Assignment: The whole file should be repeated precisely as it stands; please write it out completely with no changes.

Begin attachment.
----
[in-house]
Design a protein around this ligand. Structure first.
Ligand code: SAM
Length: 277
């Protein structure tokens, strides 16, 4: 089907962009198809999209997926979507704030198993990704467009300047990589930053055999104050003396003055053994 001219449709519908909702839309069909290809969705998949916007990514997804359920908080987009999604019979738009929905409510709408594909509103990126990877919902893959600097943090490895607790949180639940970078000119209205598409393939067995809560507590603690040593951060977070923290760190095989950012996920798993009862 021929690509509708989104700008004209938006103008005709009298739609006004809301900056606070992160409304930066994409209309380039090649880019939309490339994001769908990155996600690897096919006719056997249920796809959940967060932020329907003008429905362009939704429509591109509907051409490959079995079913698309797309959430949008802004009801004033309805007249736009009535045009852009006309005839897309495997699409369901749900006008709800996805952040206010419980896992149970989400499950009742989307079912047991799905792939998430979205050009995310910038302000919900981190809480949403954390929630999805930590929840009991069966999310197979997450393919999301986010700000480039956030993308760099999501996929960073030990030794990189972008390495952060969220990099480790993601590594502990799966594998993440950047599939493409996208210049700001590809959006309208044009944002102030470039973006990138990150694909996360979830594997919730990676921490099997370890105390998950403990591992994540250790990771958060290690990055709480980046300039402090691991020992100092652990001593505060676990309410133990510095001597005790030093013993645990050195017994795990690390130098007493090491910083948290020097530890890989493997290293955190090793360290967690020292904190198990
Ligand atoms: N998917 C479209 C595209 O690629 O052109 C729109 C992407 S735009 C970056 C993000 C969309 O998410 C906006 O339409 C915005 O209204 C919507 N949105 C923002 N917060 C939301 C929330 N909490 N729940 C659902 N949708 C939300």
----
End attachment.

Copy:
[in-house]
Design a protein around this ligand. Structure first.
Ligand code: SAM
Length: 277
């Protein structure tokens, strides 16, 4: 089907962009198809999209997926979507704030198993990704467009300047990589930053055999104050003396003055053994 001219449709519908909702839309069909290809969705998949916007990514997804359920908080987009999604019979738009929905409510709408594909509103990126990877919902893959600097943090490895607790949180639940970078000119209205598409393939067995809560507590603690040593951060977070923290760190095989950012996920798993009862 021929690509509708989104700008004209938006103008005709009298739609006004809301900056606070992160409304930066994409209309380039090649880019939309490339994001769908990155996600690897096919006719056997249920796809959940967060932020329907003008429905362009939704429509591109509907051409490959079995079913698309797309959430949008802004009801004033309805007249736009009535045009852009006309005839897309495997699409369901749900006008709800996805952040206010419980896992149970989400499950009742989307079912047991799905792939998430979205050009995310910038302000919900981190809480949403954390929630999805930590929840009991069966999310197979997450393919999301986010700000480039956030993308760099999501996929960073030990030794990189972008390495952060969220990099480790993601590594502990799966594998993440950047599939493409996208210049700001590809959006309208044009944002102030470039973006990138990150694909996360979830594997919730990676921490099997370890105390998950403990591992994540250790990771958060290690990055709480980046300039402090691991020992100092652990001593505060676990309410133990510095001597005790030093013993645990050195017994795990690390130098007493090491910083948290020097530890890989493997290293955190090793360290967690020292904190198990
Ligand atoms: N998917 C479209 C595209 O690629 O052109 C729109 C992407 S735009 C970056 C993000 C969309 O998410 C906006 O339409 C915005 O209204 C919507 N949105 C923002 N917060 C939301 C929330 N909490 N729940 C659902 N949708 C939300």